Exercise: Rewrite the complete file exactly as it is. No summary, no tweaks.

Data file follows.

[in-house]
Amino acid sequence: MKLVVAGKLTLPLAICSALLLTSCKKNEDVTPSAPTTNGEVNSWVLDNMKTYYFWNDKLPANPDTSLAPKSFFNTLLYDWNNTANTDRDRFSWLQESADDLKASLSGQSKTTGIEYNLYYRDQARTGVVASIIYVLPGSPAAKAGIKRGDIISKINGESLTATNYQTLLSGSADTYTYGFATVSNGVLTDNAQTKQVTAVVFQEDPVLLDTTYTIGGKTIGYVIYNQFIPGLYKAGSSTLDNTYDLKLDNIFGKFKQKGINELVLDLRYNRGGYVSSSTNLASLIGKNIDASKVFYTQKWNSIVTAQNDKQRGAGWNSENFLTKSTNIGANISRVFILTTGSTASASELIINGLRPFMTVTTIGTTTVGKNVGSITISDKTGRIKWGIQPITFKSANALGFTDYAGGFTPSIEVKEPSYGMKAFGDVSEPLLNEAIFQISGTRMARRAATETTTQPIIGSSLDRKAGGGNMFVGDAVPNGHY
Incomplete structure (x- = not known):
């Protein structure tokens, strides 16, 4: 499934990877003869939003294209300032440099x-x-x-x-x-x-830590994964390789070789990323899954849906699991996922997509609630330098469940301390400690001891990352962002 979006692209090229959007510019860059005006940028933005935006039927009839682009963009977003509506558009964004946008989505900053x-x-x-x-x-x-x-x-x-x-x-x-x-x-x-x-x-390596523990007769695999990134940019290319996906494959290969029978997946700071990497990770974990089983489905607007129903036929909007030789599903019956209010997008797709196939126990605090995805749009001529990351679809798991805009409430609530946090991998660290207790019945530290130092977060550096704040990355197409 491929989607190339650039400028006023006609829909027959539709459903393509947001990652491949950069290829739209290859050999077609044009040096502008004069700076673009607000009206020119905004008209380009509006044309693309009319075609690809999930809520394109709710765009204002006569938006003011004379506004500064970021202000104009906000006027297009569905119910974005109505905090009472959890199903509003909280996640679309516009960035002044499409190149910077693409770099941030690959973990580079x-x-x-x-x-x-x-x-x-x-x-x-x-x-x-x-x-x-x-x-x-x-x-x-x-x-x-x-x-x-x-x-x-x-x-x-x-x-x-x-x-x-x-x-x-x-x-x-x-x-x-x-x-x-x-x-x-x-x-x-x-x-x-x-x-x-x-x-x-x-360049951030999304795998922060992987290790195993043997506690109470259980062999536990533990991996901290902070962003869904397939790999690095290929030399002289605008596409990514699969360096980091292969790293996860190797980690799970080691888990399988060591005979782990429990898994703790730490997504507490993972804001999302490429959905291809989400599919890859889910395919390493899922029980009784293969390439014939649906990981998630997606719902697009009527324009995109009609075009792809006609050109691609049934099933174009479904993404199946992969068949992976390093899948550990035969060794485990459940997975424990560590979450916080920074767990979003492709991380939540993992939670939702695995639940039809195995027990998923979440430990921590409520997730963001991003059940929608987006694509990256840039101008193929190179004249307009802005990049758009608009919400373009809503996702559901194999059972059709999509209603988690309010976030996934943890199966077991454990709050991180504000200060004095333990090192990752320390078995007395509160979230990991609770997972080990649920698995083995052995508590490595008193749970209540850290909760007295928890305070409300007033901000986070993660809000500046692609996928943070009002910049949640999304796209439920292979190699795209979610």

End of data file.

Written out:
[in-house]
Amino acid sequence: MKLVVAGKLTLPLAICSALLLTSCKKNEDVTPSAPTTNGEVNSWVLDNMKTYYFWNDKLPANPDTSLAPKSFFNTLLYDWNNTANTDRDRFSWLQESADDLKASLSGQSKTTGIEYNLYYRDQARTGVVASIIYVLPGSPAAKAGIKRGDIISKINGESLTATNYQTLLSGSADTYTYGFATVSNGVLTDNAQTKQVTAVVFQEDPVLLDTTYTIGGKTIGYVIYNQFIPGLYKAGSSTLDNTYDLKLDNIFGKFKQKGINELVLDLRYNRGGYVSSSTNLASLIGKNIDASKVFYTQKWNSIVTAQNDKQRGAGWNSENFLTKSTNIGANISRVFILTTGSTASASELIINGLRPFMTVTTIGTTTVGKNVGSITISDKTGRIKWGIQPITFKSANALGFTDYAGGFTPSIEVKEPSYGMKAFGDVSEPLLNEAIFQISGTRMARRAATETTTQPIIGSSLDRKAGGGNMFVGDAVPNGHY
Incomplete structure (x- = not known):
């Protein structure tokens, strides 16, 4: 499934990877003869939003294209300032440099x-x-x-x-x-x-830590994964390789070789990323899954849906699991996922997509609630330098469940301390400690001891990352962002 979006692209090229959007510019860059005006940028933005935006039927009839682009963009977003509506558009964004946008989505900053x-x-x-x-x-x-x-x-x-x-x-x-x-x-x-x-x-390596523990007769695999990134940019290319996906494959290969029978997946700071990497990770974990089983489905607007129903036929909007030789599903019956209010997008797709196939126990605090995805749009001529990351679809798991805009409430609530946090991998660290207790019945530290130092977060550096704040990355197409 491929989607190339650039400028006023006609829909027959539709459903393509947001990652491949950069290829739209290859050999077609044009040096502008004069700076673009607000009206020119905004008209380009509006044309693309009319075609690809999930809520394109709710765009204002006569938006003011004379506004500064970021202000104009906000006027297009569905119910974005109505905090009472959890199903509003909280996640679309516009960035002044499409190149910077693409770099941030690959973990580079x-x-x-x-x-x-x-x-x-x-x-x-x-x-x-x-x-x-x-x-x-x-x-x-x-x-x-x-x-x-x-x-x-x-x-x-x-x-x-x-x-x-x-x-x-x-x-x-x-x-x-x-x-x-x-x-x-x-x-x-x-x-x-x-x-x-x-x-x-x-360049951030999304795998922060992987290790195993043997506690109470259980062999536990533990991996901290902070962003869904397939790999690095290929030399002289605008596409990514699969360096980091292969790293996860190797980690799970080691888990399988060591005979782990429990898994703790730490997504507490993972804001999302490429959905291809989400599919890859889910395919390493899922029980009784293969390439014939649906990981998630997606719902697009009527324009995109009609075009792809006609050109691609049934099933174009479904993404199946992969068949992976390093899948550990035969060794485990459940997975424990560590979450916080920074767990979003492709991380939540993992939670939702695995639940039809195995027990998923979440430990921590409520997730963001991003059940929608987006694509990256840039101008193929190179004249307009802005990049758009608009919400373009809503996702559901194999059972059709999509209603988690309010976030996934943890199966077991454990709050991180504000200060004095333990090192990752320390078995007395509160979230990991609770997972080990649920698995083995052995508590490595008193749970209540850290909760007295928890305070409300007033901000986070993660809000500046692609996928943070009002910049949640999304796209439920292979190699795209979610």